The Presidential Persona Paradox of Barack Obama: Man of Peace or War President?
Keywords:political persona, political legacy, Middle East, Obama, United States
On a wave of hope and rousing talk of building global bridges, President Barack Obama won office in 2008, in part on a pledge to end the wars in Afghanistan and Iraq and to close the Guantanamo Bay detention facility. In contrast to his predecessor, who launched America into long, costly and ineffectual wars, Obama was seen to be more of a dove than a hawk. However, at the end of his two-term tenure America has been in a state of foreign belligerence for all eight years, making Obama the longest serving U.S. war president in history.
The political persona of Obama as a dove originated with his opposition to the 2003 intervention in Iraq while he was still a senator. This was then cemented early in his presidency with his 2009 speech in Cairo, which seemed to signal a profound and optimistic realignment of America’s intentions towards the Middle East and its peoples. This speech was a watershed in defining his political persona and was instrumental in his being the only U.S. president to be awarded a Nobel Peace Prize while still in office. However, during his term the underlying political landscape of the Middle East changed significantly, with the withdrawal from then return to Iraq, the nuclear agreement with Iran, the increasingly chaotic legacy of the Arab Spring, the continued impasse of the Israel-Palestinian peace, the disintegration of Yemen and Libya and the rise of the Islamic State as the new threat in the political vacuum of northern Iraq and eastern Syria, and a resurgent Russian role in the region. All of these have provided novel challenges to Washington and a president attempting to live up to the positivity of his early days in office.
At the end of his presidency Obama is faced with a public burned by the disappointments of the Iraq and Afghanistan campaigns and the new entanglements in the Middle East. This paper seeks to offer insights into the juxtaposition of Obama’s political persona and reality, as well as exploring what his political legacy might really be.
BBC. Reaction: Obama's Cairo speech. Web. 4 June 2009.
Bennett, W Lance. News: The Politics of lllusion. Tenth Edition. Chicago: University Of Chicago Press, 2016. Print.
Dieck, Helene. “Public Opinion and U.S. Military Interventions: The President's Room for Maneuver after the Cold War.” Conference Papers -- American Political Science Association (2010): 1-33.
Donsbach, Wolfgang and Michael W Traugott. The SAGE Handbook of Public Opinion Research. London: SAGE, 2008. Print.
Drake, Bruce. More Americans say U.S. failed to achieve its goals in Iraq. Web. 12 June 2014.
---. Obama and drone strikes: Support but questions at home, opposition abroad. Web. 24 May 2013.
Foyle, Douglas C. Counting the Public In: Presidents, Public Opinion, and Foreign Policy. New York: Columbia University Press, 1999. Print.
Landler, Mark. For Obama, an Unexpected Legacy of Two Full Terms at War. Web. 14 May 2016.
Marshall, P David, and Kim Barbour. “Making Intellectual Room For Persona Studies: A New Consciousness And A Shifted Perspective.” Persona Studies 1.1 (2015): 1–12. Web.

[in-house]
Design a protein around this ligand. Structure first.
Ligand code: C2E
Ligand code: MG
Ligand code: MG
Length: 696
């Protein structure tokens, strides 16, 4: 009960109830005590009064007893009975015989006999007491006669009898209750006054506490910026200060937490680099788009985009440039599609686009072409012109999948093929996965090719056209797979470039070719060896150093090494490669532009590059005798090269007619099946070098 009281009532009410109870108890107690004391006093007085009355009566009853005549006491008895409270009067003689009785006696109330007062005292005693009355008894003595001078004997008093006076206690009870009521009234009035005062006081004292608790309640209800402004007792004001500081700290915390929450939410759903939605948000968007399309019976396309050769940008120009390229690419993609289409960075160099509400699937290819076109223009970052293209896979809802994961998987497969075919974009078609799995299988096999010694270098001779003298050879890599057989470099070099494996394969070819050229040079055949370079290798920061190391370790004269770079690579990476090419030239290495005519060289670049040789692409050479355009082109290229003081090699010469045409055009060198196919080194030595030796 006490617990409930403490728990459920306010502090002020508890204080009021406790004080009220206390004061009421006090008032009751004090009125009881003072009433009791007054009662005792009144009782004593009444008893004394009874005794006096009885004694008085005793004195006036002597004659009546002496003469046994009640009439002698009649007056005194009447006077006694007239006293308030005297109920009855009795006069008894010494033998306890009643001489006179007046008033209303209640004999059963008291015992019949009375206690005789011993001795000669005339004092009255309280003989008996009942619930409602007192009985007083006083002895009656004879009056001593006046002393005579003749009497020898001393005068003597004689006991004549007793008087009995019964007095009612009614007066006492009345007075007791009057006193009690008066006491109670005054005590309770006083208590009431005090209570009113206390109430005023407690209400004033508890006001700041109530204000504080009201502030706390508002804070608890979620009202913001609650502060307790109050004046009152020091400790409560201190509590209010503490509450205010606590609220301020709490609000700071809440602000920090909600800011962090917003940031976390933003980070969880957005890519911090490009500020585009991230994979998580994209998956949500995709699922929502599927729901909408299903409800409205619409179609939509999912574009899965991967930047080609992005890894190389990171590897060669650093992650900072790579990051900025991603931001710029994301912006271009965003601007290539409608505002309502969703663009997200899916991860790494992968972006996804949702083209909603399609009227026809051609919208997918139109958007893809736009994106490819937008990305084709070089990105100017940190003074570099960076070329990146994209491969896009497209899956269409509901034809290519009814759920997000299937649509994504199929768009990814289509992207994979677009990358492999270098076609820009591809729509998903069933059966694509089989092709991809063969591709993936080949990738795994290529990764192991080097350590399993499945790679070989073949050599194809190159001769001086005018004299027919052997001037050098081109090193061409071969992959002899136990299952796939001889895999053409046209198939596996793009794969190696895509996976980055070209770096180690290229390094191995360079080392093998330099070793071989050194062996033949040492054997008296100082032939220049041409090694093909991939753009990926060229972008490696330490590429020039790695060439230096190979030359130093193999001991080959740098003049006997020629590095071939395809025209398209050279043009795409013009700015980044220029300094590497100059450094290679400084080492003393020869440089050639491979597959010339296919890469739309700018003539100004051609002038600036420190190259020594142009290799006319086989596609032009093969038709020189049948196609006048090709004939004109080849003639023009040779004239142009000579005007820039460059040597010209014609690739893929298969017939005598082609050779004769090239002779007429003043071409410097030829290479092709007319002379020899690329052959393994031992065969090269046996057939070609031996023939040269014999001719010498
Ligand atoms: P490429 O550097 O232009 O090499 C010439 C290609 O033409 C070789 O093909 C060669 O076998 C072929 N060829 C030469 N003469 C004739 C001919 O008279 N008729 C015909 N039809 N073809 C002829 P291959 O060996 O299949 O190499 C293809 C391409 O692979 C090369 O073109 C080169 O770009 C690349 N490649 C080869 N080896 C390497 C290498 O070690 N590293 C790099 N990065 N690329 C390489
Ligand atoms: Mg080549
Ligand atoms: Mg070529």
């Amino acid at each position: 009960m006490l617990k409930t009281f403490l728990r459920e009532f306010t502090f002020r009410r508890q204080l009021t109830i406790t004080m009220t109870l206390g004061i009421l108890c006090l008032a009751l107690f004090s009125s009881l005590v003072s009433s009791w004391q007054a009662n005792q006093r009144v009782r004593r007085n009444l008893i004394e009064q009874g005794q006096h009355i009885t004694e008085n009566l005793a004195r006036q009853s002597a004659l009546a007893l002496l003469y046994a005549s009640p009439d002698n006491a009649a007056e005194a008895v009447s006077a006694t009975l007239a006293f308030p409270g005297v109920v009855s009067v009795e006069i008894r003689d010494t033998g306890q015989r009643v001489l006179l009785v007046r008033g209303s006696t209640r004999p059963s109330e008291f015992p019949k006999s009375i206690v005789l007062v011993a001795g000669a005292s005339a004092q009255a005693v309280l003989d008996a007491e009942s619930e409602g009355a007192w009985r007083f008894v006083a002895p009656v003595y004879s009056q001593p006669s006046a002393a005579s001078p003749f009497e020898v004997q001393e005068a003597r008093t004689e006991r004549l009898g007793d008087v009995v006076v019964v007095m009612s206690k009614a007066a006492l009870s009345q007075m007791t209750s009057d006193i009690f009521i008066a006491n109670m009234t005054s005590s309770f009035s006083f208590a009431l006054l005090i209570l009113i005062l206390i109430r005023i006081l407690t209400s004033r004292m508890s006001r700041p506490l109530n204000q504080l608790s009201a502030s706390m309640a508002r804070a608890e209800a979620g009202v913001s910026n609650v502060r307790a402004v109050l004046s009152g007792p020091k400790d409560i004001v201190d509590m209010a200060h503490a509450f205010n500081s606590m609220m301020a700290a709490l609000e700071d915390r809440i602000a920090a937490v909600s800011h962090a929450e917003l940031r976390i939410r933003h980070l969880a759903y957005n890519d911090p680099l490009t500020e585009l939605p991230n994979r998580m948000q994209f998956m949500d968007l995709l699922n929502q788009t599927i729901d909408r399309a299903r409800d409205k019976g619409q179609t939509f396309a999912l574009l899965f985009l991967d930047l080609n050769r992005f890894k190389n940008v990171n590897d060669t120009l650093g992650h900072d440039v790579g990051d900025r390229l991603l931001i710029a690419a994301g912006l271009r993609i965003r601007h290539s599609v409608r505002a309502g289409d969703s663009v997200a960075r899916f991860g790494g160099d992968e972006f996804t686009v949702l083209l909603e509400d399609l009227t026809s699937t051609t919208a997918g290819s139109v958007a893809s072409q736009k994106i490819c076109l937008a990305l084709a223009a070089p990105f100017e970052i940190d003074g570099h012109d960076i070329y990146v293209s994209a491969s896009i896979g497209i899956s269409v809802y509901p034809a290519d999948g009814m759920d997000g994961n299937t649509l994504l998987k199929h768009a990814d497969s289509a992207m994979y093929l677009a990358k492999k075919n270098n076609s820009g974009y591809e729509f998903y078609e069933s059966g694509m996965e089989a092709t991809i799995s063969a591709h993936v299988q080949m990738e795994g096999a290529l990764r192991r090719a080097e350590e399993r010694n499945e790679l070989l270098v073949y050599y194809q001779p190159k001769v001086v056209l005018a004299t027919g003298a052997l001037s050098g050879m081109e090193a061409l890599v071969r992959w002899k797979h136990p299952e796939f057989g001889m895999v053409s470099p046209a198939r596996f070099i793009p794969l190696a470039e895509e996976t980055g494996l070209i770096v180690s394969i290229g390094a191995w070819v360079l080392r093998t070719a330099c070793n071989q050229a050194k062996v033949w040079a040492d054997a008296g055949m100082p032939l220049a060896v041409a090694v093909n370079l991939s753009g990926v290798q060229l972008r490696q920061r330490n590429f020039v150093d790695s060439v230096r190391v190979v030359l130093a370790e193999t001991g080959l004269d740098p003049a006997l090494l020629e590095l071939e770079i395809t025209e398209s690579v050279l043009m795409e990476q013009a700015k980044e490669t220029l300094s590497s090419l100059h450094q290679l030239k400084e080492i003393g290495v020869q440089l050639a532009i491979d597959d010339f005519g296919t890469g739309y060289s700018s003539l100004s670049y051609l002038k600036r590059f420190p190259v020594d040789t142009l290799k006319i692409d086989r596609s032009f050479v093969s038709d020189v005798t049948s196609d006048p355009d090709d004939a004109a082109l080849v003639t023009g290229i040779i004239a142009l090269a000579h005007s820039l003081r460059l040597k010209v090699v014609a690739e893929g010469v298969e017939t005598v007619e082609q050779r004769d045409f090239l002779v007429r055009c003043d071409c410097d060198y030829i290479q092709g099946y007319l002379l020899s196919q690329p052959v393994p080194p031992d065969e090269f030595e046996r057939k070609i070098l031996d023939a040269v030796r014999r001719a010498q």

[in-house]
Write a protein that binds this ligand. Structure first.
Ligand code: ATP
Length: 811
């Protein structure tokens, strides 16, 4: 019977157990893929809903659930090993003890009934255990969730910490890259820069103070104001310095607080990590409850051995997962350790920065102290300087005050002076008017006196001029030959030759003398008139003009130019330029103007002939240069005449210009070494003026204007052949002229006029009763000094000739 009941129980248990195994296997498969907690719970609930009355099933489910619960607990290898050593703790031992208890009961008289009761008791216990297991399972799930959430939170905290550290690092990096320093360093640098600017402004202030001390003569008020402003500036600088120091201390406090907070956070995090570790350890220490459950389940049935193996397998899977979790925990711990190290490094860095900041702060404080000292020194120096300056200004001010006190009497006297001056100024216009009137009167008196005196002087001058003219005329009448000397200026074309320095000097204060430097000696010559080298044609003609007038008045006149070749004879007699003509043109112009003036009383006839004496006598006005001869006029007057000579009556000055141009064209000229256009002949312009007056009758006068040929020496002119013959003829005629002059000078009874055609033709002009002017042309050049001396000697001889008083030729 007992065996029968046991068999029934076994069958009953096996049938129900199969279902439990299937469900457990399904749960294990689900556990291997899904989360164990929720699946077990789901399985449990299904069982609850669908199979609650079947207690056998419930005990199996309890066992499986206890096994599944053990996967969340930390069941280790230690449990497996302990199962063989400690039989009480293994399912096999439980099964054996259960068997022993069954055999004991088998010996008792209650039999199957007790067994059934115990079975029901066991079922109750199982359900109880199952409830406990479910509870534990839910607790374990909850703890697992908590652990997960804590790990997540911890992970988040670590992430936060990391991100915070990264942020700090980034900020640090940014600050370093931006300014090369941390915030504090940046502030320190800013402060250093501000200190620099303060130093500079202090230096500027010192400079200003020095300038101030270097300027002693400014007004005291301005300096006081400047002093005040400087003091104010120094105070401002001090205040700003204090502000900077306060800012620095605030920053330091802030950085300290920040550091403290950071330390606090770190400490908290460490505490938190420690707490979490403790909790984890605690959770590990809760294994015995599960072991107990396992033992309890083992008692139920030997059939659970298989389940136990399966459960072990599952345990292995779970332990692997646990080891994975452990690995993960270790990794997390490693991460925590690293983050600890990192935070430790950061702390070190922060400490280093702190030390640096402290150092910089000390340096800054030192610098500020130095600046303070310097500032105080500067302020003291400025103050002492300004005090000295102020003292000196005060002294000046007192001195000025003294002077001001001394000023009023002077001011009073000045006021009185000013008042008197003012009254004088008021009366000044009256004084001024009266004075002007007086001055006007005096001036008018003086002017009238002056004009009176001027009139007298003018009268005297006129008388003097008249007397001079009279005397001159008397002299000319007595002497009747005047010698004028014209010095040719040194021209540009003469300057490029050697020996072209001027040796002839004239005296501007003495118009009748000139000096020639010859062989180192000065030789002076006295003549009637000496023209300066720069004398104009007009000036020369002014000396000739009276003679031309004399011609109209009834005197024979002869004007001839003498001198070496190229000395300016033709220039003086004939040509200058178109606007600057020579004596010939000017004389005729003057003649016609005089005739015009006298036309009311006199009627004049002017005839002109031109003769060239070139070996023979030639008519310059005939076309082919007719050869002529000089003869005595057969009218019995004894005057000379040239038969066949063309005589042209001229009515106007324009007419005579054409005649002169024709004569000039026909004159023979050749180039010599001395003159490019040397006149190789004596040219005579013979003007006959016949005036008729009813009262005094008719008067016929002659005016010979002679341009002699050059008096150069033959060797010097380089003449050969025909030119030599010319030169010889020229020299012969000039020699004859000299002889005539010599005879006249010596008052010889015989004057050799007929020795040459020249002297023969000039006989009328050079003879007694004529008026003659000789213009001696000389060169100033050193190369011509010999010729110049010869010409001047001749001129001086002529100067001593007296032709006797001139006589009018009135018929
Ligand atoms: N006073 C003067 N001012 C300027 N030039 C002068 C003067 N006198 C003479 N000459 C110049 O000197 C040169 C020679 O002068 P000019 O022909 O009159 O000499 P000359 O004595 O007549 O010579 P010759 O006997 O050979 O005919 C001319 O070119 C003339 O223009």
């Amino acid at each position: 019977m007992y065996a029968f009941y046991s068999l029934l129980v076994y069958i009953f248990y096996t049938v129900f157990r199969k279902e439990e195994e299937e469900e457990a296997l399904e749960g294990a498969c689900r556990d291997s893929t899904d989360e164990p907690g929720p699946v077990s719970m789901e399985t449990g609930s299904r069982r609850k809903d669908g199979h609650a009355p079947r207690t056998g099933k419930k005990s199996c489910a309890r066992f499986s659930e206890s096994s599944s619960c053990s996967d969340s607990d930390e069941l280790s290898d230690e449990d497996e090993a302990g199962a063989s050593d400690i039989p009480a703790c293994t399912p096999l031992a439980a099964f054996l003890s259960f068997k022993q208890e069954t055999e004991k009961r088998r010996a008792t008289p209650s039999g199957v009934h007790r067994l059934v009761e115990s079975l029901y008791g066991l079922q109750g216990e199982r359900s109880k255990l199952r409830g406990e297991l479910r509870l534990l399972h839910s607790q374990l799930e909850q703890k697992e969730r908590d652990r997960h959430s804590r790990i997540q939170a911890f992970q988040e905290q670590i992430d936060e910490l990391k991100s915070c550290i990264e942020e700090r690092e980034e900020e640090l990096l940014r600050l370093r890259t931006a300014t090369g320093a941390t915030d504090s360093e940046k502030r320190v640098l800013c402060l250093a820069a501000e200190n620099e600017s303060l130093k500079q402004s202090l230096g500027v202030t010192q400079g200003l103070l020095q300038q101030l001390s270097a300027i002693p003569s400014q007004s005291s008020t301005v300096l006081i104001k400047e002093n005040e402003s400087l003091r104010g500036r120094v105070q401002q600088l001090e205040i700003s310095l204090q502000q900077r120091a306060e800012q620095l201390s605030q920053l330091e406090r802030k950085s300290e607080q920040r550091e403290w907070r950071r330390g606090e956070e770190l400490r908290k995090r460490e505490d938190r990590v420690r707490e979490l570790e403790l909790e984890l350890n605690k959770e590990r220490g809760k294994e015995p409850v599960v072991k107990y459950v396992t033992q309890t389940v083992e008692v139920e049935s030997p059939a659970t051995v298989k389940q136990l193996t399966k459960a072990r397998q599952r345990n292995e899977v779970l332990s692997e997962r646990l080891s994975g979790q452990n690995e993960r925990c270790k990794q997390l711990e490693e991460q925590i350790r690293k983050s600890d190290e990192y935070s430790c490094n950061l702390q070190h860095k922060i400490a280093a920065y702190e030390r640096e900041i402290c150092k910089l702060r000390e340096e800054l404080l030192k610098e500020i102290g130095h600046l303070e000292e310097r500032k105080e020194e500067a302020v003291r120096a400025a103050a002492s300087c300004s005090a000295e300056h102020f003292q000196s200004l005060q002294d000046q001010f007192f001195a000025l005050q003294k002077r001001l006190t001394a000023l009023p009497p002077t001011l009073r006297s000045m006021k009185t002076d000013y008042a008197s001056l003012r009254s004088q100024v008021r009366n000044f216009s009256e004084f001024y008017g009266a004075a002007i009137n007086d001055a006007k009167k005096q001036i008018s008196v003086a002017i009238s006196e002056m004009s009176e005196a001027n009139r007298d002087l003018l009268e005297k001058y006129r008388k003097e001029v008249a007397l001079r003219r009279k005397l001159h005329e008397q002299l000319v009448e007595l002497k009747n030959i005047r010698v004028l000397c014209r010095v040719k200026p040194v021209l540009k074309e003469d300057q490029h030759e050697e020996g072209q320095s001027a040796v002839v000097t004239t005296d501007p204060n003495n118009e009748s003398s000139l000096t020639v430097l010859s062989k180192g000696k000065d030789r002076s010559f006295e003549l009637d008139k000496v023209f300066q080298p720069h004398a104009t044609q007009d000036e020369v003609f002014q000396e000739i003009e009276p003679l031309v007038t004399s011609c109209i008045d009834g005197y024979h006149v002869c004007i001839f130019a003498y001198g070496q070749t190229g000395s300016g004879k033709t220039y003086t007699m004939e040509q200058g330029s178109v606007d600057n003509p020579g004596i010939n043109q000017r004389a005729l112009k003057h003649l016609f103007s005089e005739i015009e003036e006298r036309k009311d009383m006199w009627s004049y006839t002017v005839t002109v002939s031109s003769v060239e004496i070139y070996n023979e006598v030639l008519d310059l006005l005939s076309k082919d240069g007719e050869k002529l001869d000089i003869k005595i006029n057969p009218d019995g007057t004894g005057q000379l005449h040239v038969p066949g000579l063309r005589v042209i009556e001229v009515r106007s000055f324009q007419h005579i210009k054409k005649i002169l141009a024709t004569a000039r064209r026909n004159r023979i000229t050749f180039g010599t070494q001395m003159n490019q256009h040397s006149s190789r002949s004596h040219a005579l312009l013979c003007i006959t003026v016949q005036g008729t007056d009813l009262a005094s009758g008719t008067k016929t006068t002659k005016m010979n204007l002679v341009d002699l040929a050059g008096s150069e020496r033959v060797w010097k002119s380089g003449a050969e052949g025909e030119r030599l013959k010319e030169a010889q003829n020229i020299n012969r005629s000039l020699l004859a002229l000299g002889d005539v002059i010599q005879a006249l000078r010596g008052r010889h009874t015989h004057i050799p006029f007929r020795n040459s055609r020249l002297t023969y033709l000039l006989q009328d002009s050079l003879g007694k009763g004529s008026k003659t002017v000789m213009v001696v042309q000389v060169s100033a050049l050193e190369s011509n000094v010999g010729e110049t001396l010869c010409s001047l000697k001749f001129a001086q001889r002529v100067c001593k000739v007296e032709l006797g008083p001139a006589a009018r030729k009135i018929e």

Mathes, Michael. US Congress wary of greenlighting 'Iraq 2.0'. Web. 12 September 2014.
Mueller, John. War, Presidents and Public Opinion. New York: Wiley, 1973. Print.
New York Magazine. 53 Historians Weigh In on Barack Obama’s Legacy. Web. 11 January 2015.
Norwegian Nobel Committee. The Nobel Peace Prize for 2009. 2009. Press release.
Obama, Barack. Remarks By President Obama To The Turkish Parliament. 2009. Press release.
---. Remarks by the President on a New Beginning. 2009. Press release.
---. Remarks by the President on the Iran Nuclear Deal. 2015. Press release.
Pew Research Center. As Obama Years Draw to Close, President and U.S. Seen Favorably in Europe and Asia. Web. 29 June 2016.
---. Growing Support for Campaign Against ISIS – and Possible Use of U.S. Ground Troops. Web. 24 February 2015.
---. Libya: Steady Views, Declining Interest. Web. 8 September 2011.
---. More Express Sympathy for Israel than the Palestinians. Web. 28 August 2014.
---. Most Think the U.S. Has No Responsibility To Act in Iraq. Web. 18 July 2014.
---. Opinion of Iran. Do you have a favorable or unfavorable view of Iran? Web. 2015.
---. Public Continues to Back U.S. Drone Attacks. Web. 28 May 2015.
---. Public Says U.S. Does Not Have Responsibility to Act in Syria. Web. 14 December 2012.
---. Support for Iran Nuclear Agreement Falls. Web. 8 September 2015.
Public Policy Polling. Trump Lead Grows Nationally; 41% of His Voters Want to Bomb Country From Aladdin; Clinton Maintains Big Lead. Web. 18 December 2015.
Saad, Lydia. Seven in 10 Americans Continue to View Israel Favorably. Web. 23 February 2015.
“Stephen Colbert Helps President Obama Polish His Résumé On The Late Show.” CBS, 18 October 2016. Television.
Street, John. “The Celebrity Politician: Political style and popular culture.” Media and the restyling of politics: consumerism, celebrity and cynicism, edited by John Corner and Dick Pels, London: SAGE, 2003, 85 –89. Print.
Zenko, Micah. Obama’s Embrace of Drone Strikes Will Be a Lasting Legacy. Web. 12 January 2016.